Wednesday, July 25, 2012

Car Performance 03


New 2010 Wiesmann Roadster MF5 sport car with the great speed for race. Wiesmann Roadster MF5 use the V10 engine so, the Wiesmann Roadster MF5 just need 3.9 seconds fromg 0-100 km/h. Moreover, Wiesmann Roadster MF5 sport carenthusiasts into a brand new dimension of driving enjoyment and 2010 Wiesmann Roadster MF5 also support the open-air experience that available to select of power package.

Delivering a top speed of 310 km/h, an exceptionally low power-to-weight ratio of only 2.7 kg/hp and completing the sprint from standstill to 100 km/h in 3.9 seconds, the Wiesmann Roadster MF5 takes even experienced sports car enthusiasts into a brand new dimension of driving enjoyment. This exclusive open-air experience will only be available to a select few because the spirited power package is only being produced in a limited edition of 55. Equipped with a V10 engine, 507 HP and 520 Nm torque, it’s a car that appeals to all the senses. The extendable rear wing of the roadster version plus perfectly balanced suspension set-up guarantees the necessary stability, even at top speeds.


Who says you can’t be green…and mean? Not Porsche, which is debuting an assortment of high-performance hybrids at this year’s Geneva Motor Show. That includes the new 918 Spyder concept, which combines race car-like acceleration, a top-speed of 198 mph, and the fuel efficiency of a micro-car.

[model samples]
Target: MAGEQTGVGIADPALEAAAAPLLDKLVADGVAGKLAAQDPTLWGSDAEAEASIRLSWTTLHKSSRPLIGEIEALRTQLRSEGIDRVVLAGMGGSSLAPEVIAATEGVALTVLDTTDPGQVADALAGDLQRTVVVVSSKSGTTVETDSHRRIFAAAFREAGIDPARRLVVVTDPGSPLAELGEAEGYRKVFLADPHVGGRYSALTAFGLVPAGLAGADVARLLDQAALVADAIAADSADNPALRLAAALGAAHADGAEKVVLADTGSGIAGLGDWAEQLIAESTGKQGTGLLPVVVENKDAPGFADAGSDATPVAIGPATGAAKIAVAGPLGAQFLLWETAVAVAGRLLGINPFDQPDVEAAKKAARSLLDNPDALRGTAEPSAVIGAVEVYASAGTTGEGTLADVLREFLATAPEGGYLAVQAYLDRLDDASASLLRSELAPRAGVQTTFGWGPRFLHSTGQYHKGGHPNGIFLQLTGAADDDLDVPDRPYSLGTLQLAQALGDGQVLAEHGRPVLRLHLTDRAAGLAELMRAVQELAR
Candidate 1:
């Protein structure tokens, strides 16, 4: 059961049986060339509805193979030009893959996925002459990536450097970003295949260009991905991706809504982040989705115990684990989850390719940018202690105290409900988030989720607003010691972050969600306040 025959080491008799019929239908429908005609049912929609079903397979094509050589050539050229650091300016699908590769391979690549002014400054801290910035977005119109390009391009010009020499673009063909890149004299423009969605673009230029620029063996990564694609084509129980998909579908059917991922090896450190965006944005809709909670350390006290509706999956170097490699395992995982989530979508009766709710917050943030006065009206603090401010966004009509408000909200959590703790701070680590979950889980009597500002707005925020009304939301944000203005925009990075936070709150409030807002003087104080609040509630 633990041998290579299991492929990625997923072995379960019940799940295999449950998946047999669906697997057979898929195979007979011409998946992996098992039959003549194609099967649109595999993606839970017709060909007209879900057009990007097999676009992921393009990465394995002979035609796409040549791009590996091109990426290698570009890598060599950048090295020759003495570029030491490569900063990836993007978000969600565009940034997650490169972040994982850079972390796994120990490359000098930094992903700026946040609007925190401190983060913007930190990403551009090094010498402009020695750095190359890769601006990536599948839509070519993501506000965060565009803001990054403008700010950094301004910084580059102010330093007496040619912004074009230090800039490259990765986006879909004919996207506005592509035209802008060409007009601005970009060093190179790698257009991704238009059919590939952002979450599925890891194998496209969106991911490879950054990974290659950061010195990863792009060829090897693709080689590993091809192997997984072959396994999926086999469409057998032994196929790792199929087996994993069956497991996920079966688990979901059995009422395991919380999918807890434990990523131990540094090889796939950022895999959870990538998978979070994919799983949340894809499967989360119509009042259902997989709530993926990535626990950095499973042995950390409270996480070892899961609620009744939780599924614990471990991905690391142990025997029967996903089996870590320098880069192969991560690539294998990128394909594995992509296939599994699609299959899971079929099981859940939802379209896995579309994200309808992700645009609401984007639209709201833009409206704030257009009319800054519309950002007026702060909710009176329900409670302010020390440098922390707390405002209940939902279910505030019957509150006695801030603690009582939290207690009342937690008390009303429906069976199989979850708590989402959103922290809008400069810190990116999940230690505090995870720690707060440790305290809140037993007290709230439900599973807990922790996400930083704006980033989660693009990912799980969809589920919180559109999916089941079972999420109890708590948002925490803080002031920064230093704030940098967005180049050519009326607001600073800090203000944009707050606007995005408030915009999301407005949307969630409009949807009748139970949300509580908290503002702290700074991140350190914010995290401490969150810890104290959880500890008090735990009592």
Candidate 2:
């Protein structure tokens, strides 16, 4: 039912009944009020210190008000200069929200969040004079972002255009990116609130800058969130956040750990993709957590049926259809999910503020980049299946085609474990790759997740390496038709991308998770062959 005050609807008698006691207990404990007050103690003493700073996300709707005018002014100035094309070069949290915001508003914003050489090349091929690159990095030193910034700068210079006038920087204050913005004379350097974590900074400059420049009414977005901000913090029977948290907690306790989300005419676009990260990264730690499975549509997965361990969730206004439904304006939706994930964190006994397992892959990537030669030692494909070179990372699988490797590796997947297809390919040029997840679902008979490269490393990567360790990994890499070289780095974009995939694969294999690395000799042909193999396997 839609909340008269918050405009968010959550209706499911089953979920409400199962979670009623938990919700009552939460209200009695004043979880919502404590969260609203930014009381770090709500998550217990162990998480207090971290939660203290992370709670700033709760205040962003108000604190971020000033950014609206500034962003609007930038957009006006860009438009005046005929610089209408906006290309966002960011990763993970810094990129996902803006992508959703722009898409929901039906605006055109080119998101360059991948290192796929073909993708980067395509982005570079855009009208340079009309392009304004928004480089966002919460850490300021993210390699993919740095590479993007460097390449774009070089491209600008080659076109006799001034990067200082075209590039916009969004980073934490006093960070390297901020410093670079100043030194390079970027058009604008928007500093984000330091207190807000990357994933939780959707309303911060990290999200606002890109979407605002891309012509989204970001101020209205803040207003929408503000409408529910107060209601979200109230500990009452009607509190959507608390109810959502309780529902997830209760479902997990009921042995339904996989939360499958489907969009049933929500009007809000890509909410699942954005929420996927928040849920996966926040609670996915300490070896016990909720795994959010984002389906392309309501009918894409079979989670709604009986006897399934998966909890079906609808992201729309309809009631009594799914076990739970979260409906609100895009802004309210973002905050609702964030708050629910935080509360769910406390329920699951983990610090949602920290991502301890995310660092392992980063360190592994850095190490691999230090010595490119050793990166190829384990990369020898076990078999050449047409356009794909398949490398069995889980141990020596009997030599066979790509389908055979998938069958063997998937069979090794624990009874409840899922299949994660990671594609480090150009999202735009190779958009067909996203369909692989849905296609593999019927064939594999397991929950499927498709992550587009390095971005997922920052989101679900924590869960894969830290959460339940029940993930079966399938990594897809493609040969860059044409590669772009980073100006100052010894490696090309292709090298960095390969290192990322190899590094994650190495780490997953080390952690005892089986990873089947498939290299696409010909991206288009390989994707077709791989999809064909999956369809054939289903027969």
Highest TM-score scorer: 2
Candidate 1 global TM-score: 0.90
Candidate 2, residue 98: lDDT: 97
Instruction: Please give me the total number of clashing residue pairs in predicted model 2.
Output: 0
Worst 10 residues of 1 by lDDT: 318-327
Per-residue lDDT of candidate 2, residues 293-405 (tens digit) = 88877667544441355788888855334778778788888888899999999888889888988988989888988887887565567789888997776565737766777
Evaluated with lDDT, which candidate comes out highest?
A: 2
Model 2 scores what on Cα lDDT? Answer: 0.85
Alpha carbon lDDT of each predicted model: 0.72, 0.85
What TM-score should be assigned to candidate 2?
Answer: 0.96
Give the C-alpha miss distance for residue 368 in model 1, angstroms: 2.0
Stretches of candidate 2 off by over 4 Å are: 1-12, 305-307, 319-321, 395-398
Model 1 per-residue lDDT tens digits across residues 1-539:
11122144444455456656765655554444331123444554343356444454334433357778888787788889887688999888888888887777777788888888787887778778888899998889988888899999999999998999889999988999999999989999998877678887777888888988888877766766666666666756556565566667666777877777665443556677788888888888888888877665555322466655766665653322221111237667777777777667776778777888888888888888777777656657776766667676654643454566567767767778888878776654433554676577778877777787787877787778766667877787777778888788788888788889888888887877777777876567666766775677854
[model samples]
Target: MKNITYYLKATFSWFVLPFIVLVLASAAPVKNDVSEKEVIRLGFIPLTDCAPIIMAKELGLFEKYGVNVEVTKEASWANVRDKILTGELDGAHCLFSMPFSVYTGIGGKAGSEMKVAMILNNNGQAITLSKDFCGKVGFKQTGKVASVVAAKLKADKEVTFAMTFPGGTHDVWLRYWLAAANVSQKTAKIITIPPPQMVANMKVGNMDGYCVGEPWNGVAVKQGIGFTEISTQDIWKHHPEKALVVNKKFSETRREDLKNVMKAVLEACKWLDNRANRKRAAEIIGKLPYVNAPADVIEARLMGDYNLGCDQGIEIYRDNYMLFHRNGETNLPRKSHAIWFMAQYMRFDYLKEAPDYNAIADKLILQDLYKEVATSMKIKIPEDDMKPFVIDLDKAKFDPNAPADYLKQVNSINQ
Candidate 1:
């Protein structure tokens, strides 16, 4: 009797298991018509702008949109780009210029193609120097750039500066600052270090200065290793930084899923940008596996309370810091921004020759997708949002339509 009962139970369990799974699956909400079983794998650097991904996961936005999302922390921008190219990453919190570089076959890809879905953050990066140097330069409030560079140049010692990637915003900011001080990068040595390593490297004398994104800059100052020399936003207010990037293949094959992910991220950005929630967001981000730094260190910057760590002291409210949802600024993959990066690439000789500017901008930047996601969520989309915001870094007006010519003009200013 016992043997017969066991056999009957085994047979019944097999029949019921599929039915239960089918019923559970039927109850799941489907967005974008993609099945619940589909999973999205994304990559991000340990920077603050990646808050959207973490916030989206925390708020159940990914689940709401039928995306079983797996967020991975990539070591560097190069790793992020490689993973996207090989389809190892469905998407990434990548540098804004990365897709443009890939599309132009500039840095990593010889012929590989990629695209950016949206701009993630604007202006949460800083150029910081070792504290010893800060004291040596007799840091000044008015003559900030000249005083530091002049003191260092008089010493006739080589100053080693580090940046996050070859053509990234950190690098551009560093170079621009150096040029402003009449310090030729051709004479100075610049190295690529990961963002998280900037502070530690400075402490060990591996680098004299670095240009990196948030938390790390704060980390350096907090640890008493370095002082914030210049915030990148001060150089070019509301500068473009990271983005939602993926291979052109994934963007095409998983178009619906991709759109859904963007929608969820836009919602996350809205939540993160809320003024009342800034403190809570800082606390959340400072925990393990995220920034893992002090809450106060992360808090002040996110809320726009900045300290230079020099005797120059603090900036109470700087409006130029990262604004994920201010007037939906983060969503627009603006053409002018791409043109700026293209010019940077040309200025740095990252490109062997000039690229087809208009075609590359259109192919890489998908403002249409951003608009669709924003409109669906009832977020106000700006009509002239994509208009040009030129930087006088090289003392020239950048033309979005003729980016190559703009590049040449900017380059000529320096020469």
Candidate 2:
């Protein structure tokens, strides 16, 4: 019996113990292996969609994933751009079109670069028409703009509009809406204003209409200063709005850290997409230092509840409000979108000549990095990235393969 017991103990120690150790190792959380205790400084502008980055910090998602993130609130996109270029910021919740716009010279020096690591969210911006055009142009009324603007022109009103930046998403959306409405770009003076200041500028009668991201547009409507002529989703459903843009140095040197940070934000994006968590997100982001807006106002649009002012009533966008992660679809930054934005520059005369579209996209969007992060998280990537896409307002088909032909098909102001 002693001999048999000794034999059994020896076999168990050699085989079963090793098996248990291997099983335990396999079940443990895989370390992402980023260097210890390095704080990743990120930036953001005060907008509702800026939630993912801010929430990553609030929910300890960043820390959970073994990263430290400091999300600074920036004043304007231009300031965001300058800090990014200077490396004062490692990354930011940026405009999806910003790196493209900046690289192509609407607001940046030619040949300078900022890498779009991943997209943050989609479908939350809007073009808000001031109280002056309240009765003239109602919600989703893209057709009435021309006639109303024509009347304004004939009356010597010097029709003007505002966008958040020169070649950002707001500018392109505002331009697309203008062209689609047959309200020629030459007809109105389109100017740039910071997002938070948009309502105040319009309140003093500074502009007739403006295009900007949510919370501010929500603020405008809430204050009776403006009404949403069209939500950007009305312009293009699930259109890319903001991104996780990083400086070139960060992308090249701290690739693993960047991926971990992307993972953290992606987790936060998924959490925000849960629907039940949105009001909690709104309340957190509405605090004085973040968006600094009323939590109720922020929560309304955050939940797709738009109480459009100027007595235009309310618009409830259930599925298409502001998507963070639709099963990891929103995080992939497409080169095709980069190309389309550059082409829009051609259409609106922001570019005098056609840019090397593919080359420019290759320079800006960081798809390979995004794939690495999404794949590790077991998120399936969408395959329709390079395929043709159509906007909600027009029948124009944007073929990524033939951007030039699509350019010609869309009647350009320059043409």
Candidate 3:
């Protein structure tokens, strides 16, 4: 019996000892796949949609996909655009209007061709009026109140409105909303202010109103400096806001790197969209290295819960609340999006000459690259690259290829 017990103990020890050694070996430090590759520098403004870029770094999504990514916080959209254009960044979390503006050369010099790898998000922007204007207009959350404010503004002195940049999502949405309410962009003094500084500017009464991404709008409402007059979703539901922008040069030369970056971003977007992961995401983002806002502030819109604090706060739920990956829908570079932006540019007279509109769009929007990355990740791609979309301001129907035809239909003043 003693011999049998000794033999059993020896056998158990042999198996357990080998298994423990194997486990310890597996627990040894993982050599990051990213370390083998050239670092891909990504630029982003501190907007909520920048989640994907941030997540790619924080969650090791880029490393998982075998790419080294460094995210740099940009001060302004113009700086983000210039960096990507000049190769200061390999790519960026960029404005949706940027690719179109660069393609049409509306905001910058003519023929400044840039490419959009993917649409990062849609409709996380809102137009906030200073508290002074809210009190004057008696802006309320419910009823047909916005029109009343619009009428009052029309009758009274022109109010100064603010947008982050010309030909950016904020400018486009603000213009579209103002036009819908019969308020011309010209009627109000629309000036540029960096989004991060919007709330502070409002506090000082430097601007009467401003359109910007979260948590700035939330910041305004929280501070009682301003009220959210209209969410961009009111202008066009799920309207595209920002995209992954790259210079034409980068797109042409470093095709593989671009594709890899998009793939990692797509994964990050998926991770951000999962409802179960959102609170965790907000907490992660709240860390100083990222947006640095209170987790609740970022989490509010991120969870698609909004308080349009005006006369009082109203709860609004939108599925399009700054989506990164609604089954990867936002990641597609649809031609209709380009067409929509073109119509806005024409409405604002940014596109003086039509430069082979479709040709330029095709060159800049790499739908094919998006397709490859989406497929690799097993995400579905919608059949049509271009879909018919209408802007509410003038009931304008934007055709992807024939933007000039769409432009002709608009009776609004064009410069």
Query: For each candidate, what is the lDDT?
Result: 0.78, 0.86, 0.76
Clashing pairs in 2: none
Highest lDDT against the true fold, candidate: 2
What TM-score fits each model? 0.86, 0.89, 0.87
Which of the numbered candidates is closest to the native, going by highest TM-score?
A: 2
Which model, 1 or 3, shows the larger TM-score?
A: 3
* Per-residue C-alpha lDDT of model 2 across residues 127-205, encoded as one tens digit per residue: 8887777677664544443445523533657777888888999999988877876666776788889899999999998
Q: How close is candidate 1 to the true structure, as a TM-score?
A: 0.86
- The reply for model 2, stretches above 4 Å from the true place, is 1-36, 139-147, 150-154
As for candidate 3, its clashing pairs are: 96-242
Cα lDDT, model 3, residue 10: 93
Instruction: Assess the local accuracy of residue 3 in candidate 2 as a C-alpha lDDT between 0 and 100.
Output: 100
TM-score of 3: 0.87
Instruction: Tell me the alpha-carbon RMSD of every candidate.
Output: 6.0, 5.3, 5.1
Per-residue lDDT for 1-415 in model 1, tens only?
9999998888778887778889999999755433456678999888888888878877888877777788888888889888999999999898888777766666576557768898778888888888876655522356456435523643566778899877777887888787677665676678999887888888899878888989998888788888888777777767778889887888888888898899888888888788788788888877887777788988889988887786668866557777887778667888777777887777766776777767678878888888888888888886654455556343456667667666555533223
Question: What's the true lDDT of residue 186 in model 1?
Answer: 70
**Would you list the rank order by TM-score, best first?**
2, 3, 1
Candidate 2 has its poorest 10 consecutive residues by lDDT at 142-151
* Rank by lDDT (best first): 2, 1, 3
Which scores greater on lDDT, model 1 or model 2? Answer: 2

Taking its bows alongside the GT3 R Hybrid race car and the 2011 Porsche Cayenne Hybrid, the Porsche 918 Spyder concept is a mid-engine sports car using plug-in hybrid technology. The high-revving V8 side of the package develops a full 500 horsepower at 9,200 RPM. But that’s paired with a pair of electric motors on the front and rear axle that can themselves turn out another 218 hp.

The gasoline engine and rear motor drive the back axle through Porsche’s 7-speed PDK, an electrically-shifted manual gearbox. The front motor drives the forward axle through a single-speed transmission.

The 918 Spyder Concept features a large lithium-ion battery pack that can be recharged, overnight, on the electric grid.

A tap of a button on the steering wheel allows the driver to choose from any of four driving modes, including E-Drive, where the Porsche 918 Spyder concept can run for up to 16 miles on battery power alone. Sport Hybrid mode uses both gas and electric power, but emphasizes performance. Race Hybrid is a track-oriented mode that pushes the gas-electric drivetrain to its limits.

In track mode, the Porsche 918 Spyder Concept will launch from 0-100 kmh (0 – 62.5 mph) in just 3.2 seconds. The maker claims the car can turn a 7:30 minute lap of the Nodschleife of the Nurburgring, faster than the Porsche Carrera GT. Yet, the plug-in hybrid supercar is rated at about 78 mpg, and puts out well under 70 grams of CO2 per kilometer, well under most minicars. Top speed is rated at 198 mph.

To further improve performance – and fuel economy, Porsche adopts a lightweight carbon-fiber-reinforced bodyshell for the 918 Spyder concept, along with magnesium and aluminum components, bringing total weight to just 3,285 pounds.


If you ever wanted a flaming love child for a car, you will find it in the Hennessey Performance Engineering’s HPE700. The car is a cross between the standard 2010 Camaro SS and the Corvette ZR1. The car looks sleek and beautiful and even comes with awesome features, which will wow you to hell.